A systematic search of the literature published between January 1966 and December 2004 was undertaken using Medline, Embase, CINHAL, PEDro, and Cochrane Library databases. The search included both a general search and an intervention‐specific search. The general search strategy consisted of two basic components: AS in whatever possible terms in the databases (Appendix 1) and types of research in the form of systematic review/meta‐analysis, randomised controlled trial (RCT)/controlled trial, uncontrolled trial, cohort study, case‐control study, cross sectional study, and economic evaluation (Appendix 2). The general search aimed at summarising the current available treatments from the literature for AS. The summary results of this search were reported to the ASAS/EULAR expert committee at the beginning of the recommendation development process.
After the expert group had generated 10 recommendation propositions, an intervention‐specific search was undertaken to identify evidence for each specific treatment. The search strategy included the terms for AS (Appendix 1) and any possible terms for the specific intervention. The results of the two searches were then combined and duplications excluded. Medical subject heading (MeSH) search was used for all databases and keyword search was used if the MeSH search was not available. All MeSH search terms were exploded. The reference lists of reviews or systematic reviews were examined and any additional studies meeting the inclusion/exclusion criteria were included.
The search in the Cochrane Library included a MeSH search of the Cochrane reviews, abstracts of Quality Assessed Systematic Reviews, the Cochrane Controlled Trial Register, NHS Economic Evaluation Databases, Health Technology Assessment Database, and NHS Economic Evaluation Bibliography Details Only. Abstracts of scientific meetings held in 2003 and 2004 and “online first” publications were also hand searched for relevant studies.
Only studies with clinical outcomes for AS were included. The main focus of interest was on systematic reviews, RCTs/controlled trials, uncontrolled trials/cohort studies, case‐control studies, cross sectional studies, and economic evaluations. Studies that included patients with AS in a larger cohort of different spondyloarthritides (for example, psoriatic arthritis) were excluded unless the results for patients with AS were reported separately. Studies of other seronegative spondyloarthritides or other inflammatory joint conditions, animal studies, non‐clinical outcome studies, narrative review articles, commentaries, and guidelines were also excluded.
Evidence was categorised according to study design using a hierarchy of evidence in descending order according to qualities2
(table 1), and the highest level of available evidence for each intervention was reviewed in detail. When very few high level studies were available, the next highest category was also reviewed. The most recent meta‐analysis of RCTs (level Ia) was reviewed for each intervention, and any RCTs published since the meta‐analysis was conducted were also considered.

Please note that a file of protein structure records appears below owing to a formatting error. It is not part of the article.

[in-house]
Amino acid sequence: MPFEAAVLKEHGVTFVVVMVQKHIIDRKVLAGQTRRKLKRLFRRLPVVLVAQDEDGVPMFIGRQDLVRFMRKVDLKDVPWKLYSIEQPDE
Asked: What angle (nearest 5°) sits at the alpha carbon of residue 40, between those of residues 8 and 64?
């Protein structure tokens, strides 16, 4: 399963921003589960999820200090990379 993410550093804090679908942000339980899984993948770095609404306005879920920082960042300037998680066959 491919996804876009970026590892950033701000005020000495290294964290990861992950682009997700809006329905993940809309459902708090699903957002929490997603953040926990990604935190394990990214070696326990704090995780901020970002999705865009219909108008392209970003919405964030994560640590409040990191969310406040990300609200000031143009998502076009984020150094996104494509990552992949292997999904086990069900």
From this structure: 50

Table 1Evidence hierarchy and traditional strength of recommendation
Efficacy was assessed specifically for AS, and toxicity data were evaluated specifically for the intervention, irrespective of the musculoskeletal condition.
Estimation of effectiveness and cost effectiveness
Effect size (ES, mean change divided by the standard deviation of the change) and 95% confidence interval (95% CI) compared with placebo or active control were calculated for two predetermined continuous outcomes: pain relief and improvement in function.3
The percentage of patients with an ASAS20 response to treatment, or with moderate to excellent (predefined as more than 50%) pain relief or moderate functional improvement (predefined as more than 20%) was calculated where possible, and the number needed to treat (NNT) was estimated for these dichotomous outcomes.4
The NNT is the number of patients who need to be treated with a given intervention in order to prevent one poor outcome, and is the inverse of the absolute risk reduction. Results from the latest systematic review were used if there was more than one systematic review for the same intervention. Statistical pooling was undertaken as appropriate5
when a systematic review was not available, or when more recent RCTs could be included. The NNT and 95% CI were reported only if statistically significant; otherwise “NS” (not significant) was used to avoid difficulty in interpreting the results.6
Relative risk (RR) was calculated for adverse effects.
When economic evaluation was available, study design, comparator, perspective, time horizon, discounting, total costs, and effectiveness were reviewed. The incremental cost effectiveness ratio was calculated. Quality of life years were used when available, otherwise disease‐specific outcomes such as pain relief and functional improvement were used.
Data were extracted by one investigator (JZ). A customised form was used for the data extraction.